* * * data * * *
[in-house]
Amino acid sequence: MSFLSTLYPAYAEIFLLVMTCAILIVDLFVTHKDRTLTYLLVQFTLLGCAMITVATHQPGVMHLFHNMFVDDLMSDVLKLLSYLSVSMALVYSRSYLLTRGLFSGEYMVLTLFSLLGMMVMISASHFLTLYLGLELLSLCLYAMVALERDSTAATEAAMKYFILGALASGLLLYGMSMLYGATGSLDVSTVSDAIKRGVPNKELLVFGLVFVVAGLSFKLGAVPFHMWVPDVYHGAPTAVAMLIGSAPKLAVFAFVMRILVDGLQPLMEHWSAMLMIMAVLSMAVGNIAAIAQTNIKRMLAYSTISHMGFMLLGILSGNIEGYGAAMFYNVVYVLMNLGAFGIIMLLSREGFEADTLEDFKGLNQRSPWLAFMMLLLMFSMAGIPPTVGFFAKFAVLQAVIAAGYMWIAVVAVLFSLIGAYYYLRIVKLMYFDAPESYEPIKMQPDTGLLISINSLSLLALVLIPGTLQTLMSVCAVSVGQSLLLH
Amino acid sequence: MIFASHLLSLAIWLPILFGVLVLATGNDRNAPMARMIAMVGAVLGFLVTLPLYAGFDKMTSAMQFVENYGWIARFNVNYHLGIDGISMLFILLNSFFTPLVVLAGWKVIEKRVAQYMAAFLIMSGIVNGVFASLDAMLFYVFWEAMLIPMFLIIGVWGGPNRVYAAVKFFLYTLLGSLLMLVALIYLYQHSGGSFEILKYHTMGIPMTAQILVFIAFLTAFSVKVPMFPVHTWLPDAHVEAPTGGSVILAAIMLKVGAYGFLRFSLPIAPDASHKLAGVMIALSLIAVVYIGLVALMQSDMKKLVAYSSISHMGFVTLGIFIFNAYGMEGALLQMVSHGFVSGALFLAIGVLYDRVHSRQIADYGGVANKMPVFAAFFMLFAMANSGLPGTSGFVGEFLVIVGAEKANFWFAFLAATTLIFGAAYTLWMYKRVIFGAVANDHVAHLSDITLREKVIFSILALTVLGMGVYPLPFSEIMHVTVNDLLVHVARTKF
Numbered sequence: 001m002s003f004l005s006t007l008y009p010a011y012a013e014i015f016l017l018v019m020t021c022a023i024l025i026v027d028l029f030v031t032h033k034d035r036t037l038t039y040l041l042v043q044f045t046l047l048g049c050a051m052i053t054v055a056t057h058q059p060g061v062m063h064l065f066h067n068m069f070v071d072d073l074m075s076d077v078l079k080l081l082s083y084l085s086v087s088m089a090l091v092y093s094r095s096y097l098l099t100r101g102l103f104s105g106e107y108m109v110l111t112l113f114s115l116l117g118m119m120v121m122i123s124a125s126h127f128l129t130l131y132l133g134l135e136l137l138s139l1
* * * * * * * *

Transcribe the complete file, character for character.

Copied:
[in-house]
Amino acid sequence: MSFLSTLYPAYAEIFLLVMTCAILIVDLFVTHKDRTLTYLLVQFTLLGCAMITVATHQPGVMHLFHNMFVDDLMSDVLKLLSYLSVSMALVYSRSYLLTRGLFSGEYMVLTLFSLLGMMVMISASHFLTLYLGLELLSLCLYAMVALERDSTAATEAAMKYFILGALASGLLLYGMSMLYGATGSLDVSTVSDAIKRGVPNKELLVFGLVFVVAGLSFKLGAVPFHMWVPDVYHGAPTAVAMLIGSAPKLAVFAFVMRILVDGLQPLMEHWSAMLMIMAVLSMAVGNIAAIAQTNIKRMLAYSTISHMGFMLLGILSGNIEGYGAAMFYNVVYVLMNLGAFGIIMLLSREGFEADTLEDFKGLNQRSPWLAFMMLLLMFSMAGIPPTVGFFAKFAVLQAVIAAGYMWIAVVAVLFSLIGAYYYLRIVKLMYFDAPESYEPIKMQPDTGLLISINSLSLLALVLIPGTLQTLMSVCAVSVGQSLLLH
Amino acid sequence: MIFASHLLSLAIWLPILFGVLVLATGNDRNAPMARMIAMVGAVLGFLVTLPLYAGFDKMTSAMQFVENYGWIARFNVNYHLGIDGISMLFILLNSFFTPLVVLAGWKVIEKRVAQYMAAFLIMSGIVNGVFASLDAMLFYVFWEAMLIPMFLIIGVWGGPNRVYAAVKFFLYTLLGSLLMLVALIYLYQHSGGSFEILKYHTMGIPMTAQILVFIAFLTAFSVKVPMFPVHTWLPDAHVEAPTGGSVILAAIMLKVGAYGFLRFSLPIAPDASHKLAGVMIALSLIAVVYIGLVALMQSDMKKLVAYSSISHMGFVTLGIFIFNAYGMEGALLQMVSHGFVSGALFLAIGVLYDRVHSRQIADYGGVANKMPVFAAFFMLFAMANSGLPGTSGFVGEFLVIVGAEKANFWFAFLAATTLIFGAAYTLWMYKRVIFGAVANDHVAHLSDITLREKVIFSILALTVLGMGVYPLPFSEIMHVTVNDLLVHVARTKF
Numbered sequence: 001m002s003f004l005s006t007l008y009p010a011y012a013e014i015f016l017l018v019m020t021c022a023i024l025i026v027d028l029f030v031t032h033k034d035r036t037l038t039y040l041l042v043q044f045t046l047l048g049c050a051m052i053t054v055a056t057h058q059p060g061v062m063h064l065f066h067n068m069f070v071d072d073l074m075s076d077v078l079k080l081l082s083y084l085s086v087s088m089a090l091v092y093s094r095s096y097l098l099t100r101g102l103f104s105g106e107y108m109v110l111t112l113f114s115l116l117g118m119m120v121m122i123s124a125s126h127f128l129t130l131y132l133g134l135e136l137l138s139l1